The correct solution depends on your requirements (as always) but those are some ideas that might be worth investigating.

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I will try to get the method you mentioned to work. As for usability and so on, this isn't an issue as this is an intranet site and therefore only their employees will be using it. Also, no additional fields will be added –  seedeg Feb 1 '10 at 12:58
Thanks for this. I have thousands of records so it was taking too long for a search to be completed. However, I read about Full Text Indexing and now the search results takes only seconds. Many thanks! –  seedeg Feb 1 '10 at 14:09

This is less than perfect but so is your design so for what it's worth:

Tokenize the imput paramater "name surname idcard town street" then concatinate the fields from the DB and do a series of like or's:

name+address+idcard+town+street like %input_token1% or
name+address+idcard+town+street like %input_token2% or
name+address+idcard+town+street like %input_token5%
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I would try to split the words using a regex and put them into a temporary table with wich you can join your Person table.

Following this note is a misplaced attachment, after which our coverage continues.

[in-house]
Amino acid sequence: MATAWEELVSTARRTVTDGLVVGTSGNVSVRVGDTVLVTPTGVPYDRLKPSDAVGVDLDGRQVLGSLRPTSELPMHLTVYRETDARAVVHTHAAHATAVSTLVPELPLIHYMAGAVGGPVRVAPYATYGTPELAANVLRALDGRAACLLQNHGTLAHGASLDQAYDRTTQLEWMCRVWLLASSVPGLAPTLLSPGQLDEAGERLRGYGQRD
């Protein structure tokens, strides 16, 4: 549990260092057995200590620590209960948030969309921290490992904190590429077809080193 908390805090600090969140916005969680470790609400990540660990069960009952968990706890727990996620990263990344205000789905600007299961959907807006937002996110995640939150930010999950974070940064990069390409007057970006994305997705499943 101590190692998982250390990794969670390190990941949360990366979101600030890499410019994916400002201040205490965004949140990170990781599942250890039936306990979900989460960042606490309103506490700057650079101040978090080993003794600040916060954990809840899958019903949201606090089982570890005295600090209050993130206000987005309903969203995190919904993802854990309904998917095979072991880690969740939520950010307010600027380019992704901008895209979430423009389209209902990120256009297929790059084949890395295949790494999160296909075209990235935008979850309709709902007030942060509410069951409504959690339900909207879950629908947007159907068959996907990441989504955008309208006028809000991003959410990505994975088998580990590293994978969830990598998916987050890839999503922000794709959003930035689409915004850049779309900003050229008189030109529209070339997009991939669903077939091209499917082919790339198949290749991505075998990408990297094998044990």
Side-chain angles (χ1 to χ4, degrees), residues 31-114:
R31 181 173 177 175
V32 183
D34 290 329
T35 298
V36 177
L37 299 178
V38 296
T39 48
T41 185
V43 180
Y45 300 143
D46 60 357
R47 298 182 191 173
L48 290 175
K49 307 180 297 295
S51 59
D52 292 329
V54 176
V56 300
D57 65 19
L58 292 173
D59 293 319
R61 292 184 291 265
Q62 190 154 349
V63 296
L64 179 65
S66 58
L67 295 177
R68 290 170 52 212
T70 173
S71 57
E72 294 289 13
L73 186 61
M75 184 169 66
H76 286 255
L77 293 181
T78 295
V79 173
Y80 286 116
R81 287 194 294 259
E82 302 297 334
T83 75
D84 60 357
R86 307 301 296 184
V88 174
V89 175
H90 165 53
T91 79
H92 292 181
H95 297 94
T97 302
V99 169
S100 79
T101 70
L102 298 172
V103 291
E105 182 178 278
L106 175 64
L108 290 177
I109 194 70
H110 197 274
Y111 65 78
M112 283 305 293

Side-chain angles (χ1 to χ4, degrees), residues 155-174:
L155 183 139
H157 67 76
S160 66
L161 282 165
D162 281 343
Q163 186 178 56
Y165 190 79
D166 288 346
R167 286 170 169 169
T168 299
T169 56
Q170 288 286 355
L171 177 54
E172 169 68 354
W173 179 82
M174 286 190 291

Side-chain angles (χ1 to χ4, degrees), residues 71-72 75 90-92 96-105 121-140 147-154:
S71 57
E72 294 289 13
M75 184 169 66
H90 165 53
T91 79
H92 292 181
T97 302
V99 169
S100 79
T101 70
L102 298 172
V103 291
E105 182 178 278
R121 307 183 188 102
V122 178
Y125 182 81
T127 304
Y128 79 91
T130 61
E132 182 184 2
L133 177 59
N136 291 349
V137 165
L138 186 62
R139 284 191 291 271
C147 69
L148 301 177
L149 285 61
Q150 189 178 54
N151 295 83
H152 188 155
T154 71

The regex might look something like this

preg_match_all('/(\S+)*\s+/im', $input, $value, PREG_PATTERN_ORDER);
for ($i = 0; $i < count($value[0]); $i++) {
    # Matched text = $result[0][$i];

a script that would find your results could look like this in SQL Server. I don't have enough MySQL knowledge to come up with an alternative in MySQL but you should get the idea.

The gist of the idea is to join with the input table on every column you wish to search for. The where clause takes care of the fact that the input values are found in at least the amount of columns as there are input values.

DECLARE @Table TABLE (Name VARCHAR(20), Surname VARCHAR(20), Address VARCHAR(20), IDCard VARCHAR(20), Town VARCHAR(20), Street VARCHAR(20))

INSERT INTO @Table VALUES ('Doe', 'John', 'Dontknow', 'Dontknow', 'US', 'Skate')
INSERT INTO @Inputs VALUES ('%John%')
INSERT INTO @Inputs VALUES ('%Doe%')
INSERT INTO @Inputs VALUES ('%Skate%')

FROM    @Table t
        LEFT OUTER JOIN @Inputs i_name ON t.Name LIKE i_name.Value     
        LEFT OUTER JOIN @Inputs i_surname ON t.SurName LIKE i_surname.Value        
        LEFT OUTER JOIN @Inputs i_address ON t.Address LIKE i_address.Value
        LEFT OUTER JOIN @Inputs i_idcard ON t.IDCard LIKE i_idcard.Value
        LEFT OUTER JOIN @Inputs i_town ON t.Town LIKE i_town.Value
        LEFT OUTER JOIN @Inputs i_street ON t.Street LIKE i_street.Value
        CROSS APPLY (SELECT inputCount = COUNT(*) FROM @Inputs) cnt
WHERE   cnt.inputCount <= 
          CASE WHEN i_name.Value IS NULL THEN 0 ELSE 1 END
          + CASE WHEN i_surname.Value IS NULL THEN 0 ELSE 1 END
          + CASE WHEN i_address.Value IS NULL THEN 0 ELSE 1 END
          + CASE WHEN i_idcard.Value IS NULL THEN 0 ELSE 1 END
          + CASE WHEN i_town.Value IS NULL THEN 0 ELSE 1 END
          + CASE WHEN i_street.Value IS NULL THEN 0 ELSE 1 END